GMO salmon on our menus soon?

Frankenfish was a 2004 movie that you might have missed. I certainly did.

It was based on the snake fish that made it into Chesapeake Bay tributaries. But now you can worry about genetically modified salmon coming our way, thanks to pending approval by the FDA.

Ninety-five to 99 percent of this "invented" salmon are sterile, so AquaBounty says they are unlikely to breed and threaten wild salmon stocks if they escape. "UNLIKELY?" Sure, just like kudzu vines and other invasive species. These GM salmon eat five times more food than wild salmon and have less fear of predators. And the one percent that are not sterile? 750,000 hungry fish.

Sounds like the material for a monster movie to me!

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December 21, 2012

Happy New Year in Times Square

Happy 2013! 

Did you know that the Times Square Ball that drops in 10 days will pulse with more than 32,000 LED bulbs?

You might think that's a lot of wasted energy. But it is about the same energy as two conventional home ovens baking a roast for one hour.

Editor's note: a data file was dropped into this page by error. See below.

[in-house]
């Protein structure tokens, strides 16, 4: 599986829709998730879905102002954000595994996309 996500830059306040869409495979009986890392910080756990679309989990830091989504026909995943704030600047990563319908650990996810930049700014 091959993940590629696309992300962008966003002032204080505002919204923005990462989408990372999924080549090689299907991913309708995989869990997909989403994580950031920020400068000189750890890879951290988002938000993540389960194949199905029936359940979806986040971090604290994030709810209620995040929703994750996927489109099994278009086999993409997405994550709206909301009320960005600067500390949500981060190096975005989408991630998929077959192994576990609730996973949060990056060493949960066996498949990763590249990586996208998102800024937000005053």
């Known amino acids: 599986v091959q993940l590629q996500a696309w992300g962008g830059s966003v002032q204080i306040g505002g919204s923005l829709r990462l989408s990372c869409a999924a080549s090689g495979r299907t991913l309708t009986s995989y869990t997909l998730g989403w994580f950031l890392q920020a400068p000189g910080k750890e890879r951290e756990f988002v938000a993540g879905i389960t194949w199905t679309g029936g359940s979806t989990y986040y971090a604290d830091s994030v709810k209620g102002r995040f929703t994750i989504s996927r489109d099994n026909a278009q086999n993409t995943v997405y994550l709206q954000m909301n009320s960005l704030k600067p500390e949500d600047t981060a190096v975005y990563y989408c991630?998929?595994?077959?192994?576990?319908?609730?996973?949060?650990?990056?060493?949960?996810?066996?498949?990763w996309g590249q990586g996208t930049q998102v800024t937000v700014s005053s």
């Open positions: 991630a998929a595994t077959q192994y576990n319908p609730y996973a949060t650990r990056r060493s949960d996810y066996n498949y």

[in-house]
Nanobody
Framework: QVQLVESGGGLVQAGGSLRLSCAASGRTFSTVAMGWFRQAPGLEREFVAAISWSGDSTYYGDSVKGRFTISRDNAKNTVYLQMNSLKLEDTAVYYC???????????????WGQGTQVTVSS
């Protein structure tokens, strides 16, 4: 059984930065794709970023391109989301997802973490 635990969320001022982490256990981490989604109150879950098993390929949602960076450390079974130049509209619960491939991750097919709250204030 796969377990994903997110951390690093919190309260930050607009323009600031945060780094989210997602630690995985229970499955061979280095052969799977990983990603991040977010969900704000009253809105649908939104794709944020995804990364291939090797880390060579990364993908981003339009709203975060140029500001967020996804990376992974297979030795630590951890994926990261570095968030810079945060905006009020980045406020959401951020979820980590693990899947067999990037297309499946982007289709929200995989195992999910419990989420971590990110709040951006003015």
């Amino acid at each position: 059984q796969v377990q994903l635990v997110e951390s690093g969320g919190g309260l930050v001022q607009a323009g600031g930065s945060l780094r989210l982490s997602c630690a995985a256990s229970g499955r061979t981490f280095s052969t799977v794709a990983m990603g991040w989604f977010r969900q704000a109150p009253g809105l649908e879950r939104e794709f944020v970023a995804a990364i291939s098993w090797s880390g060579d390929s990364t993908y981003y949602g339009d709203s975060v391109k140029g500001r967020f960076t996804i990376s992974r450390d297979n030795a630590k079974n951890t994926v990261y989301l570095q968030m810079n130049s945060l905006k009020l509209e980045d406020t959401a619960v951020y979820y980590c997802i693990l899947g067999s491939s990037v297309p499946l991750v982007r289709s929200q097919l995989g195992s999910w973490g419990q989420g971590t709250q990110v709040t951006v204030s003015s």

So let auld acquaintance be forgot, whatever that means.

Apocalypse today?

The poet Robert Frost and Mad Magazine’s Alfred E. Neumann have little in common. One wrote, “Some say the world will end in fire, Some say in ice.” The other shrugs, “What? Me worry?”

The Mayan calendar’s predicted Apocalypse today was a non-event. No devastating alignment of our universe occurred. Even NASA posted a “do not worry” about the predicted polar shift and doomsday rumor. So you can now relax and buy a non-Mayan 2013 calendar.

But you should still worry. A new Associated Press-GfK poll finds that nearly 4 out of 5 Americans now think temperatures are rising and that global warming will be a serious problem for the United States if nothing is done about it. That's up slightly from 2009, when 75 percent thought global warming was occurring and just 73 percent thought it was a serious problem.

Broken down by political party, 83 percent of Democrats, 70 percent of Republicans and 77 percent of independents say the world is getting warmer.

Concern is growing faster among people who rarely trust scientists on the environment. Some doubters now say they believe their own eyes as thermometers rise, New York City subway tunnels flood, polar icecaps melt and Midwestern farm fields dry up.